On the surface, these trends would seem to favor a more conservative politics and more power to red states. In 1960, New York accounted for 45 electoral votes while Texas had 24 and Florida 10. In 2024, New York will be down to 28 while Texas has gone to 40, Florida to 30. California, which has been the one great blue-tilted mega-state, still leads with 54 votes, but has actually lost one due to below-average population growth, even a decline in 2021, making a demographic resurgence more dubious. Yet these changes may not be enough to moderate the authoritarian tendencies of blue politicians, deepened but not created by the pandemic. As one observer at Tablet noted, the authorities have assumed that they alone had “the truth” and other opinions are to be excluded until, as occurred with the lab leak, the possibilities were too compelling to ignore.
Throughout the pandemic, progressive control of most public institutions, as well as the major technology firms, redounded to their great advantage. Those who differed on key issues, such as the effectiveness of broad lockdown policies or the origins of the virus, suffered virtual exclusion by the main internet platforms. Even distinguished epidemiologists who disagreed with COVID orthodoxy found themselves in the digital gulag.
Not satisfied with this as-yet still limited censorship, some progressive academics now claim that China’s information control policy on the pandemic was “right” compared to our still unruly system. They suggest that Chinese-style controls on media should replace our historically more contentious and permissive approach. The Clerisy remains convinced of the efficacy and urgency of tough lockdowns. They are willing to silence dissent as a way of pursuing their agenda, which they deem not only right but morally urgent and indisputable. More fundamentally, the idea current among our governing elites is that authority rests with the authorities, not the populace.
It may well be that lockdowns, at least as implemented and at such durations, have been proven largely ineffective, as the number of fatalities did not vary much between hard lockdown states and less controlled states. But the implications of this are too discordant for a media that favors control over more nuanced approaches, such as those adopted in Sweden, which focused on vulnerable populations. Our own Clerisy is all-in on lockdowns. Considering or even acknowledging the existence of other methods would for them be admitting total and unredeemable failure. So much for adherence to science, and the scientific method.
Like Ellmers, I fear that the COVID years represent not an aberration from democratic political norms, but the first clear expression of a new autocratic system which only needed the opportunity to make itself known. Crises like the pandemic illustrate sociologist Robert Michels’s “iron law of oligarchy,” articulated in the early 20th century: the more complex the issue, the greater the need for elite-driven solutions. A progression of crises—real, exaggerated or even imagined—sets the table for authoritarian approaches. As Italian philosopher Giorgio Agamben suggests, “A society that lives in a permanent state of emergency cannot be free.”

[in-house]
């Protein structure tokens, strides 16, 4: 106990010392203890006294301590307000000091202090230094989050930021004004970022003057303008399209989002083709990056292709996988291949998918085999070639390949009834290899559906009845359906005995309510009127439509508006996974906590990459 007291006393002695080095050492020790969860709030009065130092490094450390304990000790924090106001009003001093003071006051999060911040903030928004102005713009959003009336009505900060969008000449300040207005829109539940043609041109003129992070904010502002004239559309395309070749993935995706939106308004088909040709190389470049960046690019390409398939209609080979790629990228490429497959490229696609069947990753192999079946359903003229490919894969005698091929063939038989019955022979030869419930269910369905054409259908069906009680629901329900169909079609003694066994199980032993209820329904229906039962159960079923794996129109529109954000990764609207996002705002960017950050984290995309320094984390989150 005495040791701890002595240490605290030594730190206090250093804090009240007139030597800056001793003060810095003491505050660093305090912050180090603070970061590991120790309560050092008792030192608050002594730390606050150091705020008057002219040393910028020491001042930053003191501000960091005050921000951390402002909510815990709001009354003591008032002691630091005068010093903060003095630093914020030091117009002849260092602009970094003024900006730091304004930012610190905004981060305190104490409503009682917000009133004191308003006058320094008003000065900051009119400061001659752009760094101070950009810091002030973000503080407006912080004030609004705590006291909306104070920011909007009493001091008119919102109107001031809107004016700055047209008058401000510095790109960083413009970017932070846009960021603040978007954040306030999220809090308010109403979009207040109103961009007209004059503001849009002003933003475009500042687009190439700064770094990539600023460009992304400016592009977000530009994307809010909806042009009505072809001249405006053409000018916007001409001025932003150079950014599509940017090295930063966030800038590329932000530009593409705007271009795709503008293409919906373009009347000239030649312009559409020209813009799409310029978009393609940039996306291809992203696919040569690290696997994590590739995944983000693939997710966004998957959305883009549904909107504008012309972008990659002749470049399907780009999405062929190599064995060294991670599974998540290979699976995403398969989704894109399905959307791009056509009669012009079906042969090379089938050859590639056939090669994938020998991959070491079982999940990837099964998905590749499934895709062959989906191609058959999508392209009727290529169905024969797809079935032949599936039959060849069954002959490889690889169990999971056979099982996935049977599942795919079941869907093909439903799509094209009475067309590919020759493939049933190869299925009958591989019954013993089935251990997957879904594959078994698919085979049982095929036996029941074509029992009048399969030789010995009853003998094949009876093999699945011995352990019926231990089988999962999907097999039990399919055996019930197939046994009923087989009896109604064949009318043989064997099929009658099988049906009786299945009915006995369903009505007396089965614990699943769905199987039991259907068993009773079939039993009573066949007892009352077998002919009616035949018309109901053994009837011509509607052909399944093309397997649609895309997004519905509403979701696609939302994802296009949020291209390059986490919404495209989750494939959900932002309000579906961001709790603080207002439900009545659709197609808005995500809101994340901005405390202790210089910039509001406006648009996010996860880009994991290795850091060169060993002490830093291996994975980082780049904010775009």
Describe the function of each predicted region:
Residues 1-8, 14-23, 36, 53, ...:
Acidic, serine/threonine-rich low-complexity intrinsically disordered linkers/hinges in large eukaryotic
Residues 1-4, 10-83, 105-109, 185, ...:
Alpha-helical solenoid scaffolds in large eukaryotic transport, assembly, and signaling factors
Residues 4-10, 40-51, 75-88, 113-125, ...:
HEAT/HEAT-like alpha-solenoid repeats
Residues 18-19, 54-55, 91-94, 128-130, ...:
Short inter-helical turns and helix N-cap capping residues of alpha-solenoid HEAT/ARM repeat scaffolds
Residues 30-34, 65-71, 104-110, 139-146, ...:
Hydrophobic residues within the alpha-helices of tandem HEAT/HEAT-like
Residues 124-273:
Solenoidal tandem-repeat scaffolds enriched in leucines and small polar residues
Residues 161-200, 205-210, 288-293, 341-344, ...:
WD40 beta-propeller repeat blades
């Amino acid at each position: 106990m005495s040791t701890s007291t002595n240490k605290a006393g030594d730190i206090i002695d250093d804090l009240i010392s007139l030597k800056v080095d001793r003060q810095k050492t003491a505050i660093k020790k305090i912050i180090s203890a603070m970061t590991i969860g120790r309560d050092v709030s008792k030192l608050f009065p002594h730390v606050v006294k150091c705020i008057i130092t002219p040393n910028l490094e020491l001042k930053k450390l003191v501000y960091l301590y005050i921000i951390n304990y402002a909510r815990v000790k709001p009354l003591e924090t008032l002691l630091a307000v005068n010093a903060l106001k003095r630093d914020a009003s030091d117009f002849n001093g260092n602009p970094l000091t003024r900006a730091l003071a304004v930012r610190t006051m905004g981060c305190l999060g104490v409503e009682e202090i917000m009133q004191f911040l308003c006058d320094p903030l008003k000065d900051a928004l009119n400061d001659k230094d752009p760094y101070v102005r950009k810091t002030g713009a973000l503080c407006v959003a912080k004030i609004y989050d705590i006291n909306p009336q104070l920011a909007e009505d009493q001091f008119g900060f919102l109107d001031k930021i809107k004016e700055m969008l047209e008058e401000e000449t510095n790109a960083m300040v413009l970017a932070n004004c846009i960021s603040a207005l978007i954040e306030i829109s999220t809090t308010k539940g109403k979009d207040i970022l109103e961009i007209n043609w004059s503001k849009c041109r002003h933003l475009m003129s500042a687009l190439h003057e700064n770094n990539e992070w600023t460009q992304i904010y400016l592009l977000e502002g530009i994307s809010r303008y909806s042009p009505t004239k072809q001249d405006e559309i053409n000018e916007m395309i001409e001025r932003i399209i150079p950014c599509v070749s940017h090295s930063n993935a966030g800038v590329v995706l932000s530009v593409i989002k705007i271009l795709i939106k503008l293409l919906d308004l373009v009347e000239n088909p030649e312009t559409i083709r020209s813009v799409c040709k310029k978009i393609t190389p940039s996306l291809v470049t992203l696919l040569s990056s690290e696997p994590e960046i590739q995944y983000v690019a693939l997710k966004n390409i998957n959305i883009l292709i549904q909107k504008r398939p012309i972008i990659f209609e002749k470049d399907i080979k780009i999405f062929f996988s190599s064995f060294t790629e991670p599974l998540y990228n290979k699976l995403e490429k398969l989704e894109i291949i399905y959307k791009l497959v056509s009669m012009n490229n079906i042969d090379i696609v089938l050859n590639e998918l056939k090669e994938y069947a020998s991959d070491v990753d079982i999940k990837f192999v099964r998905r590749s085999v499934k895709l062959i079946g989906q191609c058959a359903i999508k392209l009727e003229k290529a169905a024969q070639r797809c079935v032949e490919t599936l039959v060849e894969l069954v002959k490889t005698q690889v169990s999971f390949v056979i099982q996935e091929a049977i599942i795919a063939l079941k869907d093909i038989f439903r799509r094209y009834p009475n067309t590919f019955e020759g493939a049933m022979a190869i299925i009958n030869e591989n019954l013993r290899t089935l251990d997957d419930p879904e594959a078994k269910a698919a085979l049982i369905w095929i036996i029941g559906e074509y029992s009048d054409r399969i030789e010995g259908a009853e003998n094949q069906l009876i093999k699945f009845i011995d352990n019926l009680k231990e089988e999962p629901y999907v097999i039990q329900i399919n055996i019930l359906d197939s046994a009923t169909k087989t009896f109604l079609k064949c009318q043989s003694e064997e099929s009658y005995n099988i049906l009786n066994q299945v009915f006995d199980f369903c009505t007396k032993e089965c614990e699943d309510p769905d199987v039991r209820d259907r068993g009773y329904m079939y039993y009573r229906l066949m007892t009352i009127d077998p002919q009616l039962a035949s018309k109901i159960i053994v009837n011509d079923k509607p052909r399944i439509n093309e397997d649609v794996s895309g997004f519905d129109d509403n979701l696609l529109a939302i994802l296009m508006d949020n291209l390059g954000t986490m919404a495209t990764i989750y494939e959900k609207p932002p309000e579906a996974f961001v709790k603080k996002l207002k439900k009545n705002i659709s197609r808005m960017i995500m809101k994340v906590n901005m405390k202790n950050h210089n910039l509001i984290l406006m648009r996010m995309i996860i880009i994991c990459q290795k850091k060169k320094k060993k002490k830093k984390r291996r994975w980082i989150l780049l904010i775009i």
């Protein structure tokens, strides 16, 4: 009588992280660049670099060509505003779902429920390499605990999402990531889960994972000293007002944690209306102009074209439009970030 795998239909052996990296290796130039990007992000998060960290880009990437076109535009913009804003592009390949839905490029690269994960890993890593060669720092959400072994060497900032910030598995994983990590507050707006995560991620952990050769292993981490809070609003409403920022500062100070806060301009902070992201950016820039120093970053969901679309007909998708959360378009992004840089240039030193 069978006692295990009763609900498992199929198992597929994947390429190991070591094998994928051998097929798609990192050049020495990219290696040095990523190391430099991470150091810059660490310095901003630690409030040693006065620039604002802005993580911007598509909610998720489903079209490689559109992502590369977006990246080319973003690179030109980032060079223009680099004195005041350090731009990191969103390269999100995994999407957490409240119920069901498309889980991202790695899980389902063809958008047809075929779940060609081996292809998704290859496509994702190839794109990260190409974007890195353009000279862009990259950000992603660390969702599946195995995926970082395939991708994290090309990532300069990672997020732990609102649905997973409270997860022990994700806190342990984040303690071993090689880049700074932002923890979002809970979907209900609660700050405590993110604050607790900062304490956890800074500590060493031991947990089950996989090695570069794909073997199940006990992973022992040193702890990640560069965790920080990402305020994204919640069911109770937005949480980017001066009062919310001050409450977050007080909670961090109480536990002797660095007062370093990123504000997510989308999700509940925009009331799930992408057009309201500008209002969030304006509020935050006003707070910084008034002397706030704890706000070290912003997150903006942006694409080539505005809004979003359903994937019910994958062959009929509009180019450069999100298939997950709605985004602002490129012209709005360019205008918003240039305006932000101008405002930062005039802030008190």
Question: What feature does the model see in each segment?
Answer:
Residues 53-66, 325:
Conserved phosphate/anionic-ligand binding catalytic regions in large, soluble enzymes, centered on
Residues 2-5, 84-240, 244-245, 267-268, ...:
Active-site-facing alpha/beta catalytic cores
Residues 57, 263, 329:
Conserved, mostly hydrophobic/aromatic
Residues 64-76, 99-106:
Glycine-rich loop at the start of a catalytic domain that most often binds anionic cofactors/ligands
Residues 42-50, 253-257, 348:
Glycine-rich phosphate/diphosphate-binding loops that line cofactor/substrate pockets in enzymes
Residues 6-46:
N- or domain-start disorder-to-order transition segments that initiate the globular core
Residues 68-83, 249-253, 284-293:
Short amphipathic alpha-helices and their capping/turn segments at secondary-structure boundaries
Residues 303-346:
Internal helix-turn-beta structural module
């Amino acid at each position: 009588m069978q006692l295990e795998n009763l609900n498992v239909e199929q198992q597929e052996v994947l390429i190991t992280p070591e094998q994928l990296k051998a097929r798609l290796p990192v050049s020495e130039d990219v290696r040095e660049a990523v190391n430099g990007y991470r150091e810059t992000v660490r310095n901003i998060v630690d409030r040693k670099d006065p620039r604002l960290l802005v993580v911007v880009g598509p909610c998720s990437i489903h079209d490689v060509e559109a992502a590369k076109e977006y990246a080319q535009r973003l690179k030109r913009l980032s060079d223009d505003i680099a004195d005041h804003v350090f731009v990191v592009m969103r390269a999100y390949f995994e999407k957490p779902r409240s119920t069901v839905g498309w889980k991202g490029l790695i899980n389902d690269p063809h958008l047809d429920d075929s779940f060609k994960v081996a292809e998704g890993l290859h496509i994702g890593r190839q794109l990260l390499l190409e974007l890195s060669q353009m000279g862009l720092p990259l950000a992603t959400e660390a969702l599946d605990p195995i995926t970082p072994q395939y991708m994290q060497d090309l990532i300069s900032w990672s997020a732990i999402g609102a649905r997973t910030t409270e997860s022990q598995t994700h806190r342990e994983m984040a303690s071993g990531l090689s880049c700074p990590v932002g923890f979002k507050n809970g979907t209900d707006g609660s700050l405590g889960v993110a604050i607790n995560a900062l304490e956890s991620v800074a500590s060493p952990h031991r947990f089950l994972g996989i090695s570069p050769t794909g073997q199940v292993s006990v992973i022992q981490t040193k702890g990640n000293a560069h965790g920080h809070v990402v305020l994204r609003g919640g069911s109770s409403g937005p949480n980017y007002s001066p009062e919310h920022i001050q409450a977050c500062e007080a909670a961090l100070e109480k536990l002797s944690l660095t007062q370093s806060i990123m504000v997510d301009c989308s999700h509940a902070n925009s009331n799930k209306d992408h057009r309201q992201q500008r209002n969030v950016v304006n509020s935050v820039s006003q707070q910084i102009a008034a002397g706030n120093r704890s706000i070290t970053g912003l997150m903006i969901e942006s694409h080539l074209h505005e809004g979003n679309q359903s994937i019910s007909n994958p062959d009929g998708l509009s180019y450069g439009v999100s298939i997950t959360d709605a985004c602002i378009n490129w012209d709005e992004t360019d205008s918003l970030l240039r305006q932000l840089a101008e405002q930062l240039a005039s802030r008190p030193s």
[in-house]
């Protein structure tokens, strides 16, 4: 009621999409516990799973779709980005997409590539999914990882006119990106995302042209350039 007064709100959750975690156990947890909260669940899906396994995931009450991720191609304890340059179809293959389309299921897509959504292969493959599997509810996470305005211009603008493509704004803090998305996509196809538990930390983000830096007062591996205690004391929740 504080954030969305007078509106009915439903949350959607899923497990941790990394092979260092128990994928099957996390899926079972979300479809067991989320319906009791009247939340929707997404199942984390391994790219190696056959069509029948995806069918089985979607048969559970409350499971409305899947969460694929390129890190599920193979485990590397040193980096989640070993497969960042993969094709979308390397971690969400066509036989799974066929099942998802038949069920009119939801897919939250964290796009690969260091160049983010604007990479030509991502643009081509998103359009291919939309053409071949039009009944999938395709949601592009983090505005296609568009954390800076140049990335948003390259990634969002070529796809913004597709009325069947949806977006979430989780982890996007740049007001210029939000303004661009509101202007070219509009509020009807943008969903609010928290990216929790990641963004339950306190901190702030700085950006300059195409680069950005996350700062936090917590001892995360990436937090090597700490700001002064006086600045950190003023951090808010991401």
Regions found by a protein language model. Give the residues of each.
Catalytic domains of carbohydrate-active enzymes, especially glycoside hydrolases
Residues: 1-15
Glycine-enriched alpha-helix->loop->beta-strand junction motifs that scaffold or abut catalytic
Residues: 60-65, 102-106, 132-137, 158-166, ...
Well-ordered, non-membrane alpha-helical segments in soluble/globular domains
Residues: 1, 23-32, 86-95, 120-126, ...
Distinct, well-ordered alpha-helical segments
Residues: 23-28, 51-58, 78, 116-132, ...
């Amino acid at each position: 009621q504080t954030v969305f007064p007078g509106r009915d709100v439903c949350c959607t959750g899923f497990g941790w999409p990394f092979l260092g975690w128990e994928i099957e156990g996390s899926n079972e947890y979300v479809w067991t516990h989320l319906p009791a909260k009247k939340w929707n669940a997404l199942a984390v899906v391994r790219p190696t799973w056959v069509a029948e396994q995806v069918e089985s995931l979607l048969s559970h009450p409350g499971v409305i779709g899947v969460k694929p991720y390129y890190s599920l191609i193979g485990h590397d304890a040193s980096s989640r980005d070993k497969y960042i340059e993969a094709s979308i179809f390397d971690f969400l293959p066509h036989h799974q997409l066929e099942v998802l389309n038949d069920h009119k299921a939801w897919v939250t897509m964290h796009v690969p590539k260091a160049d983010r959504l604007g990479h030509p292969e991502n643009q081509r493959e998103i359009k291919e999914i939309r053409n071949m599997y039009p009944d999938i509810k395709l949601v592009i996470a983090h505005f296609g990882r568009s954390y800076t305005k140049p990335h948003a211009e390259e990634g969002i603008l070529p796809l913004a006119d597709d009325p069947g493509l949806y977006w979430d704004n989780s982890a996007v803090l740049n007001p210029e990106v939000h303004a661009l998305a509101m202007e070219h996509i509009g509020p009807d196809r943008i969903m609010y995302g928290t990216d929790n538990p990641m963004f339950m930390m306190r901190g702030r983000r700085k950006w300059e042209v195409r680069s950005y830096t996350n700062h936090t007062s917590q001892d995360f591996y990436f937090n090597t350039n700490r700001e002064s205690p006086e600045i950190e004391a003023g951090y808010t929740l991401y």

Sadly, the pandemic may not be the ultimate expression of this new autocracy. In their oddly theocratic way, some environmentalists view the pandemic, like climate change, as a kind of “comeuppance” for the evil impact of humans on earth. Nature is “sending us a message,” suggests the U.N.’s environment chief, Inger Andersen, in reference to the virus. Unsurprisingly, zealots like the Guardian’s George Monbiot have embraced this account of things.
For some greens, the policies used to battle the virus can serve as a “test run” for what they believe will be necessary to save humanity. Like the more extreme lockdown advocates, they seek to justify unprecedented controls over the daily lives of the masses. Much of this is couched in dogma based on consistent exaggeration and predictions of impending environmental doom, including unrealized claims made in the 1970s that natural resources, including energy and food, would run out, leading to mass starvation.
Indeed, whereas COVID restrictions are still seen as temporary, the climate “solutions” proposed by true believers would not be. Some progressive pundits openly favor replacing democracy with a global “technocracy” that would preempt popular control and allow experts to implement policies of their own design. This would entail the marriage of large capital with what former California Jerry Brown approvingly calls “the coercive power of the state.” In this new formulation, political approval from the masses is needless: policies are simply imposed.
As with COVID, climate totalitarianism would require total “curation” of information. Already, climate policy skeptics—even when highly credentialed—are consigned to the digital gulag. Google has proposed to censor comments about climate that do not adhere to the “consensus” of scientists, which, of course, is circular logic. Shutting down the serious debates over the nature of the crisis and the best, most equitable ways to address it, our elites have announced their intention simply to declare what consensus is, rather than confronting it through free inquiry.